The fMRI contrast N0S0 – NoStim had activation in the left and right auditory cortices (Table 3, rows 34 and 35), whereas the contrast, NoStim – N0S0, had a spatially large (4745 voxels) activation extending from the inferior colliculus to the red nucleus (Table 3, row 36). There was additional activation in the splenium of the corpus callosum, and left pulvinar thalamus (Table 3, rows 37–39). N0 – NoStim revealed activation in the left and right auditory cortex (Table 3, rows 56 and 57) with a slightly greater SPM t values than N0S0 – NoStim (Table 3, 34 and 35). Like NoStim – N0S0, both NoStim – N0 (Table 3, rows 58–60) and NoStim – S0 (Table 3, rows 63–65) also had activation in the inferior colliculus, splenium, and another region within the body of the corpus callosum. Hence either there was a deactivation with diotic conditions, or the activity of the inferior colliculus and regions of the corpus callosum is somewhat elevated for NoStim compared with the conditions N0S0, N0, and S0.

Several regions showed negative correlations between signal detection thresholds for N0S0 and DTI measures of FA, MD, and AD. A region was found that was off center for the corpus callosum (SPM t max at MNI coordinate = −26, 12, 23 mm, Table 4, row 1) for our tested threshold (p<.01) for the FA images; but if we relax the significance level to p<.1, there is evidence of symmetrical bilateral network (Figure 1, left-most image). Negative correlations between N0S0 thresholds and MD and AD image values were found in the splenium of the corpus callosum and right pulvinar thalamus (Table 4, rows 3 and 6). Additionally there was a weak correlation between the AD image and N0S0 near the right inferior colliculus (Table 4, row 5). There were no significant positive correlations found between N0S0 thresholds and FA, MD, or AD values.

Figure 1. Regions of negative correlation between DTI FA measures and signal detection thresholds are shown for N0S0, N0SL, N0SR, N0Sπ, and NπS0.

These show regions where tracts are more directional (anisotropic) with better thresholds. While there is a bilateral pattern revealed for N0S0, N0SL, and N0SR, there is no activation seen in this region for N0Sπ and NπS0. Each image is a coronal view, with the MNI template Y coordinate = 13 mm; this location was selected based on a finding of activity between N0Sπ and NπS0 in our previous study within the corpus callosum. A lenient threshold of p<.1, was used to show the potential full extent of the involved regions. Images are displayed with patient's left on the left side of the image, an “L” marks the patient's left on the first image.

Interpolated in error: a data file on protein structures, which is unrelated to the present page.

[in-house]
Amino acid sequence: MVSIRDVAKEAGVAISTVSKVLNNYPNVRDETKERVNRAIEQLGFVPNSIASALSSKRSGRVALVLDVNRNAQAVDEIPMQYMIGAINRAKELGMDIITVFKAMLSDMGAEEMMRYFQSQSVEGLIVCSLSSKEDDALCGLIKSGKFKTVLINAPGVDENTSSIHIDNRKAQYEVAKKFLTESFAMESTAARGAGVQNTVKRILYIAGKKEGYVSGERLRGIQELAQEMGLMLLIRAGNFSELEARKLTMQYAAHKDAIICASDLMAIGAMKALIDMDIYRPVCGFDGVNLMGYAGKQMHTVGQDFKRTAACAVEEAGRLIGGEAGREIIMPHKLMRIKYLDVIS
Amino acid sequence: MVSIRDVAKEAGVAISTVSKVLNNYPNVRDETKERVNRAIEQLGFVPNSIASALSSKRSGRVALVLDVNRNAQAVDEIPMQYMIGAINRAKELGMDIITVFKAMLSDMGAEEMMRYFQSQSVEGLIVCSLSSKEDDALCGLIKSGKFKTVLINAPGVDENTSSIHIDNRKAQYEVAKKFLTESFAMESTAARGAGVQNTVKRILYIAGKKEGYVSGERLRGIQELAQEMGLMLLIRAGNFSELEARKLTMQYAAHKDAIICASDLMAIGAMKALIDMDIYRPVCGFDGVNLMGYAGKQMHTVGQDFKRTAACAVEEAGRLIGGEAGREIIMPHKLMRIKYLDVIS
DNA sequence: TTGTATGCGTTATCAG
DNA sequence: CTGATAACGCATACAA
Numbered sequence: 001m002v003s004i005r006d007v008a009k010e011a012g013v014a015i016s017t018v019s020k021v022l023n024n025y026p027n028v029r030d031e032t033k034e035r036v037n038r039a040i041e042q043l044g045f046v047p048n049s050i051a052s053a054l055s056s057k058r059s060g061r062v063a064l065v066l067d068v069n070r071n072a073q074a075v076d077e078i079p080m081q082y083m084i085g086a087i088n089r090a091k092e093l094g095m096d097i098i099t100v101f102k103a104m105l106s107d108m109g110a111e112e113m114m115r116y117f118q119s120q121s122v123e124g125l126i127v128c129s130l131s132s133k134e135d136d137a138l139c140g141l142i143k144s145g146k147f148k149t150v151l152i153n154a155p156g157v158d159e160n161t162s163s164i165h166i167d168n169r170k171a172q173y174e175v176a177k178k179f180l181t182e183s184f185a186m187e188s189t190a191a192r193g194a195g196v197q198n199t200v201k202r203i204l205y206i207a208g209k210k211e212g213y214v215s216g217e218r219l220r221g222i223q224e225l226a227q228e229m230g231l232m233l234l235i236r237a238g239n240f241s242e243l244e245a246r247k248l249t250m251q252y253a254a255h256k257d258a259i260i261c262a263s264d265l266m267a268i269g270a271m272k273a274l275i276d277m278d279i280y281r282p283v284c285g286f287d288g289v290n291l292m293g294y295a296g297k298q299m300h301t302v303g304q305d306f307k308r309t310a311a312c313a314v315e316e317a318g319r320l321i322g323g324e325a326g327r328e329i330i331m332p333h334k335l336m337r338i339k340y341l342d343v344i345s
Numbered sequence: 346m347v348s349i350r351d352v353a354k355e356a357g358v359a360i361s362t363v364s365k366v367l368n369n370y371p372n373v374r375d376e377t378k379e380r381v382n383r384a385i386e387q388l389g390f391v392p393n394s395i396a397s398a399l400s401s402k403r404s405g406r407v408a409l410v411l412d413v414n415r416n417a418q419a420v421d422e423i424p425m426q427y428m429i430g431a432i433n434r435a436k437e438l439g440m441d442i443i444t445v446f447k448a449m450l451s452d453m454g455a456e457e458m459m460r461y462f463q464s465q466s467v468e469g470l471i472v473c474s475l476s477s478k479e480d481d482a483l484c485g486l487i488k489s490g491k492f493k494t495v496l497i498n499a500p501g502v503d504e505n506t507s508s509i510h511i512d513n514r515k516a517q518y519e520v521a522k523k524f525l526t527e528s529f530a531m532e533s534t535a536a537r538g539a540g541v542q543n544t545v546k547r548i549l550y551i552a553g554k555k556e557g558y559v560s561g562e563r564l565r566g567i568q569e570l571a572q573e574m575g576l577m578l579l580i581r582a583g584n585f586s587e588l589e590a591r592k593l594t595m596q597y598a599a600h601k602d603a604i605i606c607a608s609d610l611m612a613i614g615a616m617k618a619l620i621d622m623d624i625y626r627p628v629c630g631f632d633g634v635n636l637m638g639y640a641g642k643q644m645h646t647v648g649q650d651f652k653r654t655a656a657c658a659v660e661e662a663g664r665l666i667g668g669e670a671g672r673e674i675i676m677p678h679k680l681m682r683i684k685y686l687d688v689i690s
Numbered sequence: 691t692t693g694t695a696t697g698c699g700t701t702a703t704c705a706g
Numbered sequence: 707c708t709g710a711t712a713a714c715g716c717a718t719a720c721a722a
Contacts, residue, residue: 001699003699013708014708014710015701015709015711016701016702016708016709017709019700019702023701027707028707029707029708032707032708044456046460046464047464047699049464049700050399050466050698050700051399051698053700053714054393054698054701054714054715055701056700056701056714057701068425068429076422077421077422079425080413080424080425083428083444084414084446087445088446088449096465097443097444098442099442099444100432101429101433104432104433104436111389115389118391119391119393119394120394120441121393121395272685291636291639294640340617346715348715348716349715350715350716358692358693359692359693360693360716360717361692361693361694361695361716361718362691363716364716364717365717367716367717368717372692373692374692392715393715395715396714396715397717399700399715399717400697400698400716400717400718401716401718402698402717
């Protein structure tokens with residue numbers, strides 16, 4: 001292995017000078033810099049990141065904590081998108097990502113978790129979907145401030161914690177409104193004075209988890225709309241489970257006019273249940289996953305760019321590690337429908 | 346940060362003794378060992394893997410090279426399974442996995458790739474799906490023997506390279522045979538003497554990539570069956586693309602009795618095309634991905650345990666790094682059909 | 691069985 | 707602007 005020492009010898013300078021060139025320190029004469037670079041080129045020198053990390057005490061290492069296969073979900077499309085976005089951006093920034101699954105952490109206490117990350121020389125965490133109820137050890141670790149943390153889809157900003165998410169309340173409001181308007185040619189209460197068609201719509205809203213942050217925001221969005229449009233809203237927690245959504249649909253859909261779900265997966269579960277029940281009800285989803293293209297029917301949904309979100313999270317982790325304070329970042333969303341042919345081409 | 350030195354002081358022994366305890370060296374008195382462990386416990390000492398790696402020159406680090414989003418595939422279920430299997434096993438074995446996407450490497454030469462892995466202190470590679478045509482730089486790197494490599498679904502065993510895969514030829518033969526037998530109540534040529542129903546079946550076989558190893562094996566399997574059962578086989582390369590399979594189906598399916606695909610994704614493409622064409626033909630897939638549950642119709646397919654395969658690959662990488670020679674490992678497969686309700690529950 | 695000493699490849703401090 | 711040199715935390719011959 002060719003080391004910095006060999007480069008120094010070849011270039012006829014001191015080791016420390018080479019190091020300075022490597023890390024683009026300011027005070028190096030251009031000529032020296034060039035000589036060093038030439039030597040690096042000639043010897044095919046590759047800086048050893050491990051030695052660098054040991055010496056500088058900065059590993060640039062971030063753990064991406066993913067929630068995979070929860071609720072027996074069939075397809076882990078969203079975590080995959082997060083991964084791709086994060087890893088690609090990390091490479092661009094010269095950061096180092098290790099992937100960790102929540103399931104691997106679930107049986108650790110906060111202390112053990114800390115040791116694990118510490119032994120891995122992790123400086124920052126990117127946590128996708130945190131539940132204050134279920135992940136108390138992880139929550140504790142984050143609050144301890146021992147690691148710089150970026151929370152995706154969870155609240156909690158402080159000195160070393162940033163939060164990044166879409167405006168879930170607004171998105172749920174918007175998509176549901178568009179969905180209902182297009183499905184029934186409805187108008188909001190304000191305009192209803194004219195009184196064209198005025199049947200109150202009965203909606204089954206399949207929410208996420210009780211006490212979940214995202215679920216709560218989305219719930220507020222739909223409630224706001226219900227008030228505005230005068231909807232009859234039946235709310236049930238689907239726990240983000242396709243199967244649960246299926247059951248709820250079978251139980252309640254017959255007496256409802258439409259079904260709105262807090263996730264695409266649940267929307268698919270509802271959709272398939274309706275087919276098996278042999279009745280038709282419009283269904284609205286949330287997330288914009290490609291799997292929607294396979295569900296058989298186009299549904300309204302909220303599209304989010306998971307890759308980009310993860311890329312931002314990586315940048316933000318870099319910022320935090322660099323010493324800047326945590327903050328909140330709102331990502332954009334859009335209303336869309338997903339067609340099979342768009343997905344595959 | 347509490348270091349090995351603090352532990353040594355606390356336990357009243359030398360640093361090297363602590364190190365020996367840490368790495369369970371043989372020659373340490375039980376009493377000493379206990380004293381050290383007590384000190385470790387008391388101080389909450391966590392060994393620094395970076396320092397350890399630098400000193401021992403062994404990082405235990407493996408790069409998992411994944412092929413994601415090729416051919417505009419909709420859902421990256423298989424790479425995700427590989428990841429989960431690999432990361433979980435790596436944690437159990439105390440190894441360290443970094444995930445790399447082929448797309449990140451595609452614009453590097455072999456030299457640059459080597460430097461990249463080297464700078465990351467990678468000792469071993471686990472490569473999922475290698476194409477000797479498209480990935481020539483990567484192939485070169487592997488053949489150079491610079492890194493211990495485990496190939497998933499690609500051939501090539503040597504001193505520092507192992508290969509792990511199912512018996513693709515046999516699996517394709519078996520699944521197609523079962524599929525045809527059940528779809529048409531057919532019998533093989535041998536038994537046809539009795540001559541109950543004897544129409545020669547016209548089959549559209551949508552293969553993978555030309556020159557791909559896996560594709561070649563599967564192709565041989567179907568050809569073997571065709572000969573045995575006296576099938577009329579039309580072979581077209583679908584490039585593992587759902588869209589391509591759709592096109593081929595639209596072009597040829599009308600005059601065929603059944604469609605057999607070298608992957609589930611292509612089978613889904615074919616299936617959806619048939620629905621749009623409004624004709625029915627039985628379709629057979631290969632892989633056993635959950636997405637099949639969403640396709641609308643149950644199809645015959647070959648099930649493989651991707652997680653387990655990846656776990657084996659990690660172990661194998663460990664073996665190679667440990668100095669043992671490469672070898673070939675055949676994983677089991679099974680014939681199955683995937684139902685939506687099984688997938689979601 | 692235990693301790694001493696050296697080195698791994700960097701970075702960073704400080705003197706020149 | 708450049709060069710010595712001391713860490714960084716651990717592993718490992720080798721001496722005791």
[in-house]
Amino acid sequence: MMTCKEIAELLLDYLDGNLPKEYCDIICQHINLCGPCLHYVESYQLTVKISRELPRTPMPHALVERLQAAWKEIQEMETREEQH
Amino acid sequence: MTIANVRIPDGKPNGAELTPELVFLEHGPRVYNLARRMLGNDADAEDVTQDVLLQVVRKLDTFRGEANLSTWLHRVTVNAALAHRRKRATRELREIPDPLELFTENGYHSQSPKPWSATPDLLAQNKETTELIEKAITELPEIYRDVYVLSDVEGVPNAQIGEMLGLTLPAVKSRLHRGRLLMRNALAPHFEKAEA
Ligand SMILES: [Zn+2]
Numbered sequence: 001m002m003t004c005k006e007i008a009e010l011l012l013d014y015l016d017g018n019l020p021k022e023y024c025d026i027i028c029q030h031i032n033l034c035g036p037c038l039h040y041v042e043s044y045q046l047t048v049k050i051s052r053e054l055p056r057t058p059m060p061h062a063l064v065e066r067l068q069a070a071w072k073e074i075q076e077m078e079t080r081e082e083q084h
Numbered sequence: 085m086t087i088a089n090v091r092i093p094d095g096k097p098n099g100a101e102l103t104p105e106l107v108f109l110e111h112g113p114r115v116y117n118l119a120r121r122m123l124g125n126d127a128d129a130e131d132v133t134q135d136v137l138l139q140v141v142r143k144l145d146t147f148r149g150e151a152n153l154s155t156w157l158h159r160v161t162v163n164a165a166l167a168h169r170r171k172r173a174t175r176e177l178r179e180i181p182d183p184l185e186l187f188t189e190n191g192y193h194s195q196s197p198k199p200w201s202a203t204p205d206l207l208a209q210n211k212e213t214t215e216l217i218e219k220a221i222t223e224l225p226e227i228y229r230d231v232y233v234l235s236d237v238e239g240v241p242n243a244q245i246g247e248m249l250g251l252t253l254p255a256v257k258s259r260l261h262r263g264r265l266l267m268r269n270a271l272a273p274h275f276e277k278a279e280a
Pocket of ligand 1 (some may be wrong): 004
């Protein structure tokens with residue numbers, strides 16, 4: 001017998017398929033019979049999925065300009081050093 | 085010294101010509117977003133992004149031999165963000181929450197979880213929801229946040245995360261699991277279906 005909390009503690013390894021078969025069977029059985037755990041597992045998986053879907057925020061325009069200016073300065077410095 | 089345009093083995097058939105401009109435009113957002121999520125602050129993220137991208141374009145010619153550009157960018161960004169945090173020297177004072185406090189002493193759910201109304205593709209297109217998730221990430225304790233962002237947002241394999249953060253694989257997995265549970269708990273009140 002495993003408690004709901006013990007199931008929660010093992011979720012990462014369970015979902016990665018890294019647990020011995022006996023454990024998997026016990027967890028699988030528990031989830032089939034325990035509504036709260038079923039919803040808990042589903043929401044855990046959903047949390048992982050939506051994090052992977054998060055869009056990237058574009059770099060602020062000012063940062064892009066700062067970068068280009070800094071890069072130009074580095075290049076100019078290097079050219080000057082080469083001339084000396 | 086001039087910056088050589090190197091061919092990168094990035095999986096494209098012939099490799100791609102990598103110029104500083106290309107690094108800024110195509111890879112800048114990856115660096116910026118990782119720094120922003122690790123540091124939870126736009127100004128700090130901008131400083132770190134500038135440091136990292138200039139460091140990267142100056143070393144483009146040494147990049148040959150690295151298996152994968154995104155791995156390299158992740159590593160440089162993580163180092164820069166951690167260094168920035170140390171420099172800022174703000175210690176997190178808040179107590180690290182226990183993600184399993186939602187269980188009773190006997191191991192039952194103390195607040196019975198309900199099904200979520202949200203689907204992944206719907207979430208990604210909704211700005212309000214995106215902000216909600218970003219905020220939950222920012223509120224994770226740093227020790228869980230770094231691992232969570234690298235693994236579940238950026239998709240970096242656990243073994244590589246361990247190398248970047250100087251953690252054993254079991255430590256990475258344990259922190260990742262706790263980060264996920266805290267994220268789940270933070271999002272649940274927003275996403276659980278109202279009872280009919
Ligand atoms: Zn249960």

N0SR and N0SL

For both fMRI contrasts, N0SL – NoStim and N0SR – NoStim, larger and stronger activations were observed in the left auditory cortex than the right auditory cortex (Table 3, rows 48 and 53 vs. rows 49 and 54). The contrast N0SR – N0S0 also had activation within and around the left and right inferior colliculus (Table 3, rows 24 and 25) that was more pronounced on the right (Figure 2). N0SL - N0S0 also had activation within the left pulvinar thalamus (Table 3, row 17). We also note evidence of activation within the left medial geniculate nucleus (Table 3, row 18), which we did not include in our hypothesis. The contrast N0S0 – N0SR had activation in the right auditory cortex, including the right planum polare (Table 3, row 26). Additionally, there was activation found in the left planum polare (Table 3, row 28). The contrast N0S0- N0SL had activation in the left auditory cortex and splenium of the corpus callosum (Table 3, rows 19–21). Correlations between MD image values and N0SR exhibited a patchy set of strong correlations, predominantly in the left hemisphere (Table 4, rows 32 and 33). When the threshold was relaxed to p<.1, an extensive region of left hemisphere activation was revealed, as shown in Figure 3. While this threshold level included many more voxels in the left hemisphere and revealed an activation pattern that encompassed the auditory pathway extending from the brainstem to auditory cortex, we did not find a correlation with any voxels leading to the right auditory cortex. In contrast, the pattern for the negative correlation of N0SL with MD only showed voxels within the brainstem that overlapped with the lateral lemniscus and superior olivary complex (Table 4, row 22).